Iain Grandage is a multi award‐winning artist who has composed and arranged for orchestras and choirs, opera, theatre, dance, cabaret and pop groups. His versatility has seen him colloborate with artists from Ben Folds to the Australian Boys’ Choir; on theatre productions such as Cloudstreet, The Blue Room and this year’s premiere The Secret River; with indigenous musicians from Jimmy Chi’s Corrugation Road to the Spinifex people of central Australia; and to performing with cabaret artist Meow Meow. Iain’s upcoming work is no less varied: a workshop with the Black Arm Band and the MSO, another with Victorian Opera developing Tim Winton’s The Riders, work on the ACO/Barry Humphries/Meow Meow collaboration and, finally, a new concert version of Shane Warne The Musical with 2011’s Sidney Myer Performing Arts Award winner, Eddie Perfect.

Ilbijerri has been creating challenging and inspiring theatre by indigenous artists for twenty‐two years. The company produces original works (such as 2010’s Jack Charles v The Crown, nominated for two Helpmann Awards), offers training and professional development to upcoming indigenous artists and theatre makers, tours extensively throughout Australia (over 25,000 kilometres each year, reaching 28,000 people) and collaborates with many of Australia’s premier theatre companies.

Philip Rolfe is one of Australia’s most respected arts and cultural administrators and producers. His most recent position was CEO and Artistic Director of the highly successful Parramasala Festival in Parramatta, NSW which brought world artists such as Nitin Sawhney and Asif Ali Khan to Australia. Other credits in his 35‐year career include: Executive Producer of Luminous, the first Vivid Sydney festival curated by Brian Eno; nine years as Executive Producer at the Sydney Opera House, which included the first ever tour to Australia of the Berlin Philharmonic Orchestra and presenting the work of major artists such as Philip Glass, Akram Khan, Sylvie Guillem and Patti Smith; six years with the Australia Council working in several roles; Founder and Director of the Australian Performing Arts Market; Deputy Director, Arts and Entertainment for the Australian Bicentennial Authority; and membership of numerous peer arts funding panels.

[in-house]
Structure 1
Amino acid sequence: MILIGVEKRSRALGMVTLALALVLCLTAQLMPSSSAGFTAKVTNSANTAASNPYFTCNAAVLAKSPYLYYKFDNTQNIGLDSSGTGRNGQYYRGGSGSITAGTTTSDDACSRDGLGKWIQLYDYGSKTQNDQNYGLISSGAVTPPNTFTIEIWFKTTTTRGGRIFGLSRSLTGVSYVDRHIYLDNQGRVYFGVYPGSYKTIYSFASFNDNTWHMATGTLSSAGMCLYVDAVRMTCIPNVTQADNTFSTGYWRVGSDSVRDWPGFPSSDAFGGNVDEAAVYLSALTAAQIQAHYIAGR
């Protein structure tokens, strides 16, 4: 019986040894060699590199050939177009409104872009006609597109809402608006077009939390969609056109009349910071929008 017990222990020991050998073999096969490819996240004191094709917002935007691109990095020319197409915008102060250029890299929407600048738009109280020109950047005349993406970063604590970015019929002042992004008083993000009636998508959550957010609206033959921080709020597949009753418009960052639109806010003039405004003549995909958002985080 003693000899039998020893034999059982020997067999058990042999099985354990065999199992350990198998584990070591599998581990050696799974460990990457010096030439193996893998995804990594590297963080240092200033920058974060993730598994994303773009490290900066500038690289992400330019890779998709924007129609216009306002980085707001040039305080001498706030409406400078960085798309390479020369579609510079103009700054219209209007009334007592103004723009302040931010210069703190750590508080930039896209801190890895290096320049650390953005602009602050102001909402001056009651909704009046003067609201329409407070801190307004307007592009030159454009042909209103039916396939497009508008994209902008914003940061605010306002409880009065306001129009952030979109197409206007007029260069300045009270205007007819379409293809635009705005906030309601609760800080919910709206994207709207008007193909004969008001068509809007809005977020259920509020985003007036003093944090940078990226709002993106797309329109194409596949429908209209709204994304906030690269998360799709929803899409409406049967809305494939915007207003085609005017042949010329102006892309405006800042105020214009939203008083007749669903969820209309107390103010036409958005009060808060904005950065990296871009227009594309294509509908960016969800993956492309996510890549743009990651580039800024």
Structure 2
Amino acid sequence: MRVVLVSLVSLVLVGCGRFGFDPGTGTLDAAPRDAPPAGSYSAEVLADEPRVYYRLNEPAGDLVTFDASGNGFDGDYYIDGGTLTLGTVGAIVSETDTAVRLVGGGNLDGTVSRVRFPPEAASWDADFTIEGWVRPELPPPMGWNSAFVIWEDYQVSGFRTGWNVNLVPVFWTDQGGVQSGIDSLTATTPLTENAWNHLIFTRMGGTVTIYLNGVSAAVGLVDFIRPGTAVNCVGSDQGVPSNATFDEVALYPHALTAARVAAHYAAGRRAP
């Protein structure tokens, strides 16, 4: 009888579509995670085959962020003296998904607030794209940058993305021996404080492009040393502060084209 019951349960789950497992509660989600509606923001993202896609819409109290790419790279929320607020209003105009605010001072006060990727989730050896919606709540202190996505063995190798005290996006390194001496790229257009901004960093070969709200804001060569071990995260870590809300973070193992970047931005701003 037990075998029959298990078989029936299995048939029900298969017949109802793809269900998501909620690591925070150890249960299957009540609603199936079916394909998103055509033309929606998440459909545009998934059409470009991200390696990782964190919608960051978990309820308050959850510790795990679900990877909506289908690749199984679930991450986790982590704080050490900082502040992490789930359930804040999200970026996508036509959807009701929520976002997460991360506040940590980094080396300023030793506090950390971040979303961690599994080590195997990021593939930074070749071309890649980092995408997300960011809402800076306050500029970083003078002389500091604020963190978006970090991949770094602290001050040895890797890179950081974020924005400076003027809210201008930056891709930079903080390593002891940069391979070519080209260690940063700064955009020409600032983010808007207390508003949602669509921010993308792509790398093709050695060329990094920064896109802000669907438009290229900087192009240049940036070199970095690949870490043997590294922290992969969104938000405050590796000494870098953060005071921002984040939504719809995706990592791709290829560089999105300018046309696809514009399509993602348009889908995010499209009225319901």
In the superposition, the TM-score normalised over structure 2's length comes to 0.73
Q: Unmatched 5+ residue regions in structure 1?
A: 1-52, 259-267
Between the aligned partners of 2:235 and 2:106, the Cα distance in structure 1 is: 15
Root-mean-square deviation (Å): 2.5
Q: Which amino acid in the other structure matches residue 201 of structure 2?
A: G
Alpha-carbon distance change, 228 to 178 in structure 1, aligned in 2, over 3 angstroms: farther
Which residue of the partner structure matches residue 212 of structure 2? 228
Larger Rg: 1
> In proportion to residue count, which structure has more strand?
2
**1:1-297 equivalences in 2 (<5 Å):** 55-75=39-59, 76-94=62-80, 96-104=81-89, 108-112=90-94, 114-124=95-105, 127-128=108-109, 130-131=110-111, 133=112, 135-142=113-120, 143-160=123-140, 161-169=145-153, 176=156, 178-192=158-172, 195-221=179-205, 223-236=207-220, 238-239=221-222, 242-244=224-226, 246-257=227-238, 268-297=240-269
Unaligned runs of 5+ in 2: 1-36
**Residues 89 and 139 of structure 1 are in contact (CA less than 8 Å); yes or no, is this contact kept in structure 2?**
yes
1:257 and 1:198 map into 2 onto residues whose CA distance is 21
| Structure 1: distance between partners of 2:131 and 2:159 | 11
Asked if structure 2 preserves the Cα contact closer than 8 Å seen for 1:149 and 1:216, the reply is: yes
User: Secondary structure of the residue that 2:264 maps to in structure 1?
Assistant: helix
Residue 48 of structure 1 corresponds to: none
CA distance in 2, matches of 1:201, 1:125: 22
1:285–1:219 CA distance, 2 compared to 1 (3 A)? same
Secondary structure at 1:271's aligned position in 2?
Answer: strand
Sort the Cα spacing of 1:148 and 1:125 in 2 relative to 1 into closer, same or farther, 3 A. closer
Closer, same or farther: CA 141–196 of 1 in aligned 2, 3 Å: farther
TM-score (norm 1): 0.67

The judges for the 2012 Awards were: Carrillo Gantner AO (Award Judging Convenor and Chairman of the Sidney Myer Fund Trustees) Rosemary Myers (Artistic Director, Windmill Theatre Company) Nigel Jamieson (Stage Director) Lyndon Terracini (Artistic Director, Australian Opera) Rob Brookman (General Manager. State Theatre Company of South Australia) Vanessa Pigrum (Arts & Culture, Darebin City Council)

Previous winners include Geoffrey Rush, Lucy Guerin, The Black Arm Band, Back to Back Theatre and Eddie Perfect.

Visit: http://www.sidneymyerperformingartsawards.org.au